Phares, David Lewis2018-04-14T23:35:45+00:00

David Lewis Phares

(1817–1892) Physician

David Lewis Phares was a prominent physician, educator, scientist, minister, and writer. The son of William Phares and Elizabeth Starnes Phares, he was born on 14 January 1817 in West Feliciana Parish, Louisiana, near the Mississippi state line, and was the youngest child in a large family.

Early on, Phares displayed a passion for intellectual pursuits. By age thirteen he had mastered surveying skills, even inventing a sextant with which accurate angles and measurements could be made. In his teens he began an intense study of solar phenomena, investigating solar spots and eclipses, a pursuit that left him temporarily blind. In 1832 he entered the preparatory department of Louisiana College (later Centenary College) in Jackson, Louisiana, and graduated in 1837 with what was said to be the first bachelor of arts degree ever conferred in the state. In 1836 he married Mary Armstrong Nesmith of Amite County, and the couple went on to rear eight children. Phares also befriended Louisiana College’s president, James Shannon, who became Phares’s mentor. Both Phares and his mentor, Louisiana College president James Shannon, became followers of the evangelist Alexander Campbell, a founder of the Christian Church (Disciples of Christ) and a leader of the restoration movement. Phares became an influential “Campbellite” minister, organizing churches near his home in Wilkinson County.

Phares declined a faculty position at Louisiana College and other offers to teach and instead pursued a career as a physician, enrolling at the Medical College of Louisiana in New Orleans (now Tulane University). He graduated in 1839 and began practicing medicine in Whitestown (also Whitesville), later known as Newtonia, nine miles southeast of Woodville in Wilkinson County. He practiced there for more than four decades. He also purchased and managed a twelve-hundred-acre plantation.

Despite the burdens of his medical practice, his passion for education was undiminished. In the 1840s Phares became an outspoken proponent of a common school system for Mississippi. During the administration of Gov. A. G. Brown, his proposals influenced the legislature to create a common school system in 1846. Near his home in southern Wilkinson County, he established at his own expense the Newton Female Institute in 1842 and its male counterpart, Newton College, ten years later, serving as its president until 1859. The institutions prospered until the outbreak of the Civil War but closed permanently by 1865.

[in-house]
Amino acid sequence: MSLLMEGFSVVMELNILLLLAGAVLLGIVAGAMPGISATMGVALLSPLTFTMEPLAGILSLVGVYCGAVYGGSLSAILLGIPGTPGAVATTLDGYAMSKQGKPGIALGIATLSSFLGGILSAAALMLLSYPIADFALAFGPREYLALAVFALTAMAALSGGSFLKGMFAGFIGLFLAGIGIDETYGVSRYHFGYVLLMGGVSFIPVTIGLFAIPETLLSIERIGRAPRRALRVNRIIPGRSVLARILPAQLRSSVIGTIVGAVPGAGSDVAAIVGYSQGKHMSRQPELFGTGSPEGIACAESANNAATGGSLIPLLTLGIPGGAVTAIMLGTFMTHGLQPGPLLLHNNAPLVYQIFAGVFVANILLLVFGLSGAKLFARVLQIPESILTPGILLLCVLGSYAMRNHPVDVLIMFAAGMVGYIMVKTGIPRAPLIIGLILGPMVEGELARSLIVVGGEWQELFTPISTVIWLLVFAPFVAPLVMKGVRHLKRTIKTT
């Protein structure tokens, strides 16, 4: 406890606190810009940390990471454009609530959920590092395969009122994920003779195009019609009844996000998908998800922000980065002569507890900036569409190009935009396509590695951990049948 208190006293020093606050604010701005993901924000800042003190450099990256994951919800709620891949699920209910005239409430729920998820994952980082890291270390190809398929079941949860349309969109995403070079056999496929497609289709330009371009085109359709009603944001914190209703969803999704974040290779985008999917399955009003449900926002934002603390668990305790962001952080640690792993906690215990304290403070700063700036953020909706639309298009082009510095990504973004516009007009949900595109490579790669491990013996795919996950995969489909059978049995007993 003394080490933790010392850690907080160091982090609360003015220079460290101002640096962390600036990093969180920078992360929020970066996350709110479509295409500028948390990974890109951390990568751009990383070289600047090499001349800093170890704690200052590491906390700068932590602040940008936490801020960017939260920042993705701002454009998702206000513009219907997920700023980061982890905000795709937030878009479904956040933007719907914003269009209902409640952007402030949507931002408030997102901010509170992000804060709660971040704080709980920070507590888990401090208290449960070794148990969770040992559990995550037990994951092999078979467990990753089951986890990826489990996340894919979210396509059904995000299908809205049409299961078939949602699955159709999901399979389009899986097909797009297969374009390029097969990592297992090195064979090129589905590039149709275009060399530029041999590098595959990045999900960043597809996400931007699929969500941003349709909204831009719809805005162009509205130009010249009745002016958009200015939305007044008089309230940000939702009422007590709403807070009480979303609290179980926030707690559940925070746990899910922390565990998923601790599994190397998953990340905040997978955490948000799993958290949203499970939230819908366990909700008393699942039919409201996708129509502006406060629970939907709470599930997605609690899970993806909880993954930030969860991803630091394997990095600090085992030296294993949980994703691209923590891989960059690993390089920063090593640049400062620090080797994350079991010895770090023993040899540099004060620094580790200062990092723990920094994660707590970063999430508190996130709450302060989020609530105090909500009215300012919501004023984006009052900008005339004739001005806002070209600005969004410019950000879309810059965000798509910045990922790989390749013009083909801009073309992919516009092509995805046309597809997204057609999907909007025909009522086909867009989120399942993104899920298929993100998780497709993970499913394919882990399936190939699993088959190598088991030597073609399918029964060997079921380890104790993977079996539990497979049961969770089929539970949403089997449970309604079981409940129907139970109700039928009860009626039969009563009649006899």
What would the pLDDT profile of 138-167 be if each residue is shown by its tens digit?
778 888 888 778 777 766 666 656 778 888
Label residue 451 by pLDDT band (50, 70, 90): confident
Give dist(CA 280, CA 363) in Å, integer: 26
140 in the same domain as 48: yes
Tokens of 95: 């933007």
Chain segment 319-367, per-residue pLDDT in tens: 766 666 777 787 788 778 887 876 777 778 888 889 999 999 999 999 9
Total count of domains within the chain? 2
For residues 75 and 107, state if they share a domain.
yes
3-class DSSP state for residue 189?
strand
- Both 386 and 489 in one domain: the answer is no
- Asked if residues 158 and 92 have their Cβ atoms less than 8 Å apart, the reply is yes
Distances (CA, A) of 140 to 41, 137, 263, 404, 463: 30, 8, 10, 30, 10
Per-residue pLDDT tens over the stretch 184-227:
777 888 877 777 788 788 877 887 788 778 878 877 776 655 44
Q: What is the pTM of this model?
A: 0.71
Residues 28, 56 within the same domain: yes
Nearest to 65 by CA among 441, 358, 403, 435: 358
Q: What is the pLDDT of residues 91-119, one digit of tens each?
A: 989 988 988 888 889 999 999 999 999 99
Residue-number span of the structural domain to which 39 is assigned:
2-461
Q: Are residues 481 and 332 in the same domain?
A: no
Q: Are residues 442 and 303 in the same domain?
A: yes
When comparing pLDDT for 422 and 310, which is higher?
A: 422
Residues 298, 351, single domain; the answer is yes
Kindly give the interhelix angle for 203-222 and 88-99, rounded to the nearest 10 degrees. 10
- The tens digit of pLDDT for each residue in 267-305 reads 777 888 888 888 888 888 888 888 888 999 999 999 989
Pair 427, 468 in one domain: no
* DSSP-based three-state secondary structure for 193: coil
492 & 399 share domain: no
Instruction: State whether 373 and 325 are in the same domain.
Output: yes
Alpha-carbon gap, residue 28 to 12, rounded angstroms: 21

Although he did not serve in the Confederate Army, Phares cared for many injured and ill soldiers, and his house served as a home for soldiers during their treatment and recovery. During the war, when he could not obtain medications, Phares explored the medicinal properties of local plants and used them in place of traditional drugs. After the war, he published articles detailing new therapeutic indications for native plants such as viburnum prunifolium, gelsemium, and ceanthus. Phares’s health had been delicate since his teens, and in 1863 he was thrown from a buggy and sustained painful injuries from which he never fully recovered. In September 1868 he suffered a serious illness, and in 1872–73 his vision again became impaired, leaving him temporarily unable to read or write. By 1875 much of his active medical practice had diminished.